It might be a cup of tea, it might be help moving, a lift to the bus station, showing up for an appointment with another agency or unexpectedly turning up to support me in some activity. It’s the going above and beyond. As soon as you do more than your strict job description, more than any other person, worker or carer has done before for me, you show you care. I may throw it back in your face, I might not know how to deal with such positive attention, but any shard of compassion I see from you will make it easier for me to potentially come back again, to see you as a potential source of help.
And when you persist with your compassion even when I don’t treat you right, I will come to realise you are different. I then get to a place where I might let my barriers down enough to trust you, get to a place where I might listen to what you have to say and will let you try and help me improve my situation.
This doesn’t mean you should let me get away with treating you badly. If you enforce boundaries in an environment of compassion they become boundaries of care rather than boundaries of rejection. Boundaries that are explained well to me will not hurt me; they will be a rejection of my poor behaviour and not me. I will come to see them as the tools of compassion rather than weapons, used to provide the stability and consistency I so desperately crave in my chaotic world. They will not drive me away, they will draw me in closer.
Once I have established that you actually care, that you are safe, then I might begin to acknowledge that maybe everything isn’t as fine as I make it out to be. It becomes easier to cut through the bravado that I wrap myself in. But I won’t just suddenly emotionally strip off in front of you. No chance.
I’ve got through life by being hard. By being the obnoxious one; no-one can touch me then. No-one will mess with me, no-one can hurt me. And the best way in, the best way to help me shed this bravado is to meet me where I am at, to tap into my toughness, to start talking to me about this bravado thing I am good at. It’ll get me talking which is half the battle.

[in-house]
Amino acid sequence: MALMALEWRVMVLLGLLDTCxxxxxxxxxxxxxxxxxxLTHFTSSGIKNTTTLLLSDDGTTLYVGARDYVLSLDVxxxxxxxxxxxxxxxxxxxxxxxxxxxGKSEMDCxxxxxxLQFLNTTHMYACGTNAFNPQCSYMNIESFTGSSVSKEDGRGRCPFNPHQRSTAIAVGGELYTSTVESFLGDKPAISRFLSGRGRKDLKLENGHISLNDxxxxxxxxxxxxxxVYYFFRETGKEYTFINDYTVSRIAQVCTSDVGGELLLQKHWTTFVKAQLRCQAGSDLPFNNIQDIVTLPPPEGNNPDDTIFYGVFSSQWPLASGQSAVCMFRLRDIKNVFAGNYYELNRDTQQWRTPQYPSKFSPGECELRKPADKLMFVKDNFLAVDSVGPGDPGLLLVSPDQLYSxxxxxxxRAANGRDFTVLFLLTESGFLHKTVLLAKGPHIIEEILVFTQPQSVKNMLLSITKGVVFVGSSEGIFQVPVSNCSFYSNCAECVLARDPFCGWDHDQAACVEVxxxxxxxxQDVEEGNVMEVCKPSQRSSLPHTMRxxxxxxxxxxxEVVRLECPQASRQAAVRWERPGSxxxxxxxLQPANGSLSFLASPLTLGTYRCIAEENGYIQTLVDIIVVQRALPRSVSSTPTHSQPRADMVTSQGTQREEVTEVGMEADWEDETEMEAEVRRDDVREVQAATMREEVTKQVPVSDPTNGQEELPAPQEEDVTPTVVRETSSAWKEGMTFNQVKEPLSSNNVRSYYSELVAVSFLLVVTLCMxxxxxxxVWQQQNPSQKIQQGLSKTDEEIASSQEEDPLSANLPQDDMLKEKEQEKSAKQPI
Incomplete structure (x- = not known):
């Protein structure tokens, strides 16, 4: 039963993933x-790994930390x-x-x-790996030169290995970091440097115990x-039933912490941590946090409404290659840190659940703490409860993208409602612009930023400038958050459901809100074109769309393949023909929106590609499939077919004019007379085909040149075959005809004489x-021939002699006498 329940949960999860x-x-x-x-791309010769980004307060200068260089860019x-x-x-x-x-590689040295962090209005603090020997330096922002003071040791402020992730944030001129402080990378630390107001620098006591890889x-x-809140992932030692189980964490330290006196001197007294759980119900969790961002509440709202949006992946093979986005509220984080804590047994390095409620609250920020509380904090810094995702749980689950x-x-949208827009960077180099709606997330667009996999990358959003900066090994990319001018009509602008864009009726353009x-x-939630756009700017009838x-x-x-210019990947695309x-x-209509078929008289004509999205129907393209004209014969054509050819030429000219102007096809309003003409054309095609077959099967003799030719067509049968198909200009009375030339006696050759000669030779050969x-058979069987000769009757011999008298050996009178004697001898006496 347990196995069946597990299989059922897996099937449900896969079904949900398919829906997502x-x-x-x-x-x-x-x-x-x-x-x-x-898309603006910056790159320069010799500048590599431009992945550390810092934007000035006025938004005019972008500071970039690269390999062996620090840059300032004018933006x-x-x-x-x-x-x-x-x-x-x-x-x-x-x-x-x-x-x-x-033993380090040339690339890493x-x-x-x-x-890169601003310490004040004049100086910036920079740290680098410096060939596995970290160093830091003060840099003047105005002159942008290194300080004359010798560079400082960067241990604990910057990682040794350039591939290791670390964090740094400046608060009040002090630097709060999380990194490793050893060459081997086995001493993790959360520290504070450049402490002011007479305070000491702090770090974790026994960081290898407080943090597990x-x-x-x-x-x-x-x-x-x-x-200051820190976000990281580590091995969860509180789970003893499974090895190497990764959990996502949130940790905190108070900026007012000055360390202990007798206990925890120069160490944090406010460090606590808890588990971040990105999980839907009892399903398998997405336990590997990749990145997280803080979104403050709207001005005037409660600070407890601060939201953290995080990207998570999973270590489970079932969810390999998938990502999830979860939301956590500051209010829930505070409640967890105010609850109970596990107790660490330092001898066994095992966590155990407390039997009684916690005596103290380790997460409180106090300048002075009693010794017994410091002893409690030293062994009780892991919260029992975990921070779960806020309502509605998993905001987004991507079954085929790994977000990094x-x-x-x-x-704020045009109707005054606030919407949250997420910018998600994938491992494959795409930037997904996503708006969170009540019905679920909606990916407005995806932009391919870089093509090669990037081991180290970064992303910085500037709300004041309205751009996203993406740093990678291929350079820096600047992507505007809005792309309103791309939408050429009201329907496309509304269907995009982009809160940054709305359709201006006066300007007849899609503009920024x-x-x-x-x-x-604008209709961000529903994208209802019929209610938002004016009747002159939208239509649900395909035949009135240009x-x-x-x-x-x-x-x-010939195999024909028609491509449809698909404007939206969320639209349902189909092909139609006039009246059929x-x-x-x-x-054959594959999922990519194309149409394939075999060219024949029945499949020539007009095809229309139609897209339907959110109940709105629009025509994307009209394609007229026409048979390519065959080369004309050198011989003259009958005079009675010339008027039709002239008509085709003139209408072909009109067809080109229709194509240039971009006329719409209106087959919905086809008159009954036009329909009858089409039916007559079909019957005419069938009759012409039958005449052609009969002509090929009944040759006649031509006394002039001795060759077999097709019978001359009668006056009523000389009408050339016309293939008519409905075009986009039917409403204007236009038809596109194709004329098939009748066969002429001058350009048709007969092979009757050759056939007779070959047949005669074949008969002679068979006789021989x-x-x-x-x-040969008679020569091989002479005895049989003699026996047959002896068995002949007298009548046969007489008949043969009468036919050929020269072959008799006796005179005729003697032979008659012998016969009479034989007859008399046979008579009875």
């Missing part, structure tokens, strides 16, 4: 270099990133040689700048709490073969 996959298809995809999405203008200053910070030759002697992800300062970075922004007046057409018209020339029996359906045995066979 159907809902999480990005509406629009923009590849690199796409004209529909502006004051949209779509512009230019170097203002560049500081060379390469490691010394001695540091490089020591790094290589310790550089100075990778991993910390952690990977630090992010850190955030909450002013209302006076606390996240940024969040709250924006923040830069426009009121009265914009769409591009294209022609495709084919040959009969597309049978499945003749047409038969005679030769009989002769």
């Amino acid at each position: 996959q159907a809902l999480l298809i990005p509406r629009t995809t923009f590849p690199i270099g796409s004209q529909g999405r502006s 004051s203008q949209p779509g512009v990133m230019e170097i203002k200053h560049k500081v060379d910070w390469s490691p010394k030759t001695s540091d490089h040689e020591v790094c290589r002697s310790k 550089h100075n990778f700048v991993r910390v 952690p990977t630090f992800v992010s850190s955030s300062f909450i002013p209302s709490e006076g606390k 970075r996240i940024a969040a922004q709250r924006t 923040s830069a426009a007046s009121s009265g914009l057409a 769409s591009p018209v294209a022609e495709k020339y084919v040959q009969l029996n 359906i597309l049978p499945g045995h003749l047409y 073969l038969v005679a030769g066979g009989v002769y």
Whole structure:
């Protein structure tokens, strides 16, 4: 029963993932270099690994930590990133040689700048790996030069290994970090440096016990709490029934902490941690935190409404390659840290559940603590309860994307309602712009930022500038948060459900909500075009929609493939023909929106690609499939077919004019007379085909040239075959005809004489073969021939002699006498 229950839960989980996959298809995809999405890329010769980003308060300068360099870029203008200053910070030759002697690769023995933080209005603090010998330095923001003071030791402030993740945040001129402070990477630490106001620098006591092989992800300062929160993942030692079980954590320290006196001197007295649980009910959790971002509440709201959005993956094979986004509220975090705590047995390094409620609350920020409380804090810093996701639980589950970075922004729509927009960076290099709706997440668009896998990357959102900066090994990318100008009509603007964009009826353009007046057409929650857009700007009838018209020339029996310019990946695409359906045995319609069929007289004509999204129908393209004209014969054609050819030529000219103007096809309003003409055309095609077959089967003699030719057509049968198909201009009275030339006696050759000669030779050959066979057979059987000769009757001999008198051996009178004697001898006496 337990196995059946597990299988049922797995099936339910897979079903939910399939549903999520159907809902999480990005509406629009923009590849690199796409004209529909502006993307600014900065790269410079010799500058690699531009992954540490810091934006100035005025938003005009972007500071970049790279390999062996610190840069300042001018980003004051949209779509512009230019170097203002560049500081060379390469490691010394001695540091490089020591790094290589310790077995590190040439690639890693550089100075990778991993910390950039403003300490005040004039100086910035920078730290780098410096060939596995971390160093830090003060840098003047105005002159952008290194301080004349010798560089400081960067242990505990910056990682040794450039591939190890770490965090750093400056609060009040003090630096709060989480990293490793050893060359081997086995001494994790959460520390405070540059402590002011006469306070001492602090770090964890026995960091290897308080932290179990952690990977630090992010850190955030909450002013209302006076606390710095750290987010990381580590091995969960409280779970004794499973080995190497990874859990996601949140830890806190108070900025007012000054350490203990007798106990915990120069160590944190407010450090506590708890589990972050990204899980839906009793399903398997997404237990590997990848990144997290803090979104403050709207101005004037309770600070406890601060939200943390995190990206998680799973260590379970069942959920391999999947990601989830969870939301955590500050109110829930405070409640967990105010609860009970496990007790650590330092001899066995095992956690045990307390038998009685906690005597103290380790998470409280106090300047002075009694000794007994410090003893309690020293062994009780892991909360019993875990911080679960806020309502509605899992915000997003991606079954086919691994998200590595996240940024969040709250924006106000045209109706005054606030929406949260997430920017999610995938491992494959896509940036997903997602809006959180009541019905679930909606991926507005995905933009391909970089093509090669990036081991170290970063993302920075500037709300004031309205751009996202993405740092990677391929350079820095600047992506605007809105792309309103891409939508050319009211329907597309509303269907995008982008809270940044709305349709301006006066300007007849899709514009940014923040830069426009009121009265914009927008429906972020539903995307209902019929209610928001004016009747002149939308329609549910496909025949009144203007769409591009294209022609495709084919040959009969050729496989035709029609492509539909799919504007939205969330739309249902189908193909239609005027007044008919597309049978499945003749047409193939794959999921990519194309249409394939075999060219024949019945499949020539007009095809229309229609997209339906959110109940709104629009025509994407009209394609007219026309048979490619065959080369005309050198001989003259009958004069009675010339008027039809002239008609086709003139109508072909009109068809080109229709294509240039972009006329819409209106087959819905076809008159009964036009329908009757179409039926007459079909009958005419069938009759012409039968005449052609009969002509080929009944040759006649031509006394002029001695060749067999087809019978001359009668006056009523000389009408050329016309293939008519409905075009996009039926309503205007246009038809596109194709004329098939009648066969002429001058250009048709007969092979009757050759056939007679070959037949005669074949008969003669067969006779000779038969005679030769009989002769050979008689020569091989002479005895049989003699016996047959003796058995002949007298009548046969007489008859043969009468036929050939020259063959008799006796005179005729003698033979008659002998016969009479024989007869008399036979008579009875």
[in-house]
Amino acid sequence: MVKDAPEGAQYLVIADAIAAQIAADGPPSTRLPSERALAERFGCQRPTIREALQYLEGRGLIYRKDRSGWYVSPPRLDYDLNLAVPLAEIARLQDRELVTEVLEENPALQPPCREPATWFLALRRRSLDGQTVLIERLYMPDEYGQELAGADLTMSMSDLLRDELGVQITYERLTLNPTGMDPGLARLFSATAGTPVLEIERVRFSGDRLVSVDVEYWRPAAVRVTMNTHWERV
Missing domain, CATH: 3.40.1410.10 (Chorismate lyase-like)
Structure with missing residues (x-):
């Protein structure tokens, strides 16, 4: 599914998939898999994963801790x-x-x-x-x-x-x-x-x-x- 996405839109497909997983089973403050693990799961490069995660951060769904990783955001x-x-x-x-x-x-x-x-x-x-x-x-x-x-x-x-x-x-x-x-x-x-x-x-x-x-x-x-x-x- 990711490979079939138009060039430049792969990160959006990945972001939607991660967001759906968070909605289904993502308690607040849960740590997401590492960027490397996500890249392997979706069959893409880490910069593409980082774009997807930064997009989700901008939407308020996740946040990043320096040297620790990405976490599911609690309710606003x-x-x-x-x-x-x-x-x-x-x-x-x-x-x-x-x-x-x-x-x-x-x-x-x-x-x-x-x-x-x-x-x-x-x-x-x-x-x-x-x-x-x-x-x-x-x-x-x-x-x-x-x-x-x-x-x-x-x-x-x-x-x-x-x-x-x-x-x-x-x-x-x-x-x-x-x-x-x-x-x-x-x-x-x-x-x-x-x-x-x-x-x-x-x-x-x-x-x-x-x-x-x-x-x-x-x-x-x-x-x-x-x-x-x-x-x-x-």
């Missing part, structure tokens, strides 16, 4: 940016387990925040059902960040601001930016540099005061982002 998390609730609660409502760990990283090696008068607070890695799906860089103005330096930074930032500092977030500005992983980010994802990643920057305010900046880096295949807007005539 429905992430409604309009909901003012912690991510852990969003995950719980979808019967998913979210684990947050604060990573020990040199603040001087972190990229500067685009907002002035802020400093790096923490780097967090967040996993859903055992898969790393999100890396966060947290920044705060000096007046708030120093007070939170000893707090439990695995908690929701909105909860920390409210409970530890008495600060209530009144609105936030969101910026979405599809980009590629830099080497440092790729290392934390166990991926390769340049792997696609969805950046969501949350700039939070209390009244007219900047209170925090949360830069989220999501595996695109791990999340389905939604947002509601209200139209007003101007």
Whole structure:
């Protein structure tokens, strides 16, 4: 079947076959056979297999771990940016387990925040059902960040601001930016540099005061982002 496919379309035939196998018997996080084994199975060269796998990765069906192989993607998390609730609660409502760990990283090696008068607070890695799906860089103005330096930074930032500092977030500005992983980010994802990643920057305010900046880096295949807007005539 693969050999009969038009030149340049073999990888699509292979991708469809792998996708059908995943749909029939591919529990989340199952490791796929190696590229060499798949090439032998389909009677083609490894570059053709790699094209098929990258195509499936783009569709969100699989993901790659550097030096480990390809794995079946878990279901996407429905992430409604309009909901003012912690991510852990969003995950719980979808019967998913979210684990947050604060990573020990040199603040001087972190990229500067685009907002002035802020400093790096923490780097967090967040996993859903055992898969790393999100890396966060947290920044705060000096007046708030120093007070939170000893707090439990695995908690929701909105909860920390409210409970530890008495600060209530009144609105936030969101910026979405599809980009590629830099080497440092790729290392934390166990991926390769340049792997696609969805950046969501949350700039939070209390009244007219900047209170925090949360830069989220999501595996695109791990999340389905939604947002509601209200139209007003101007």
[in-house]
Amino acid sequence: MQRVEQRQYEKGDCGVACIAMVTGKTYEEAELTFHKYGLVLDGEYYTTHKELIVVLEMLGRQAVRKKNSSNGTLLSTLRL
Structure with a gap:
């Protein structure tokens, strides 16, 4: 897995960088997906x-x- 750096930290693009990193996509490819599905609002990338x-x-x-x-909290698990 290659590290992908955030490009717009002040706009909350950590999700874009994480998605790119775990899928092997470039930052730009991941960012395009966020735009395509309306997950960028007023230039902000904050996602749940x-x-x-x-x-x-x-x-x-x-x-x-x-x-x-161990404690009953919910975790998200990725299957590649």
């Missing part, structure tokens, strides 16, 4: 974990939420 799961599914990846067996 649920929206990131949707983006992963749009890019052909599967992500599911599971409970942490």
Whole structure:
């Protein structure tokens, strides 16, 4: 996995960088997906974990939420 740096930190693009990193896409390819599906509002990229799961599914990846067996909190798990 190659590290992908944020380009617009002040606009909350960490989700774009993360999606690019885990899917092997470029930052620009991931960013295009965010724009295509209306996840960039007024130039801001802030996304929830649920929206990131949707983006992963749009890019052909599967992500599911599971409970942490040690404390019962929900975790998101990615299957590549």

So start talking about when each of us has physically hurt ourselves. When you’ve burnt yourself on the oven, when you broke your arm, your nose, your finger. I might tell you about the time that I got stabbed in the butt. The time I got my nose broken. The time I skinned my leg coming off my scooter. I’ll show you a scar or two. That’s the easy sharing, the stuff we see. And I’m all about bravado so I won’t be able to help myself but show off how tough I am.
This can then lead us on to discussing how resilient the body is, how amazing its healing processes are. It’s then a short step for me to take to start talking about our minds, how our minds will also try to process and deal with pain, will look to heal themselves. You can then show me the biggest difference between our bodies and our minds.
Our minds can’t heal themselves in the same way as our bodies do, without any conscious input from us. Stuff happens inside us to heal our bodies without us being in control. We don’t consciously relay a message, “clot the blood, clot the blood” to a cut on our hand. The difficulty with the mind is that we are more consciously in control of it, and what’s worse we have to use the thing that is in pain, to try and fix itself. We are using something that is not making us feel great, to try and make us feel better.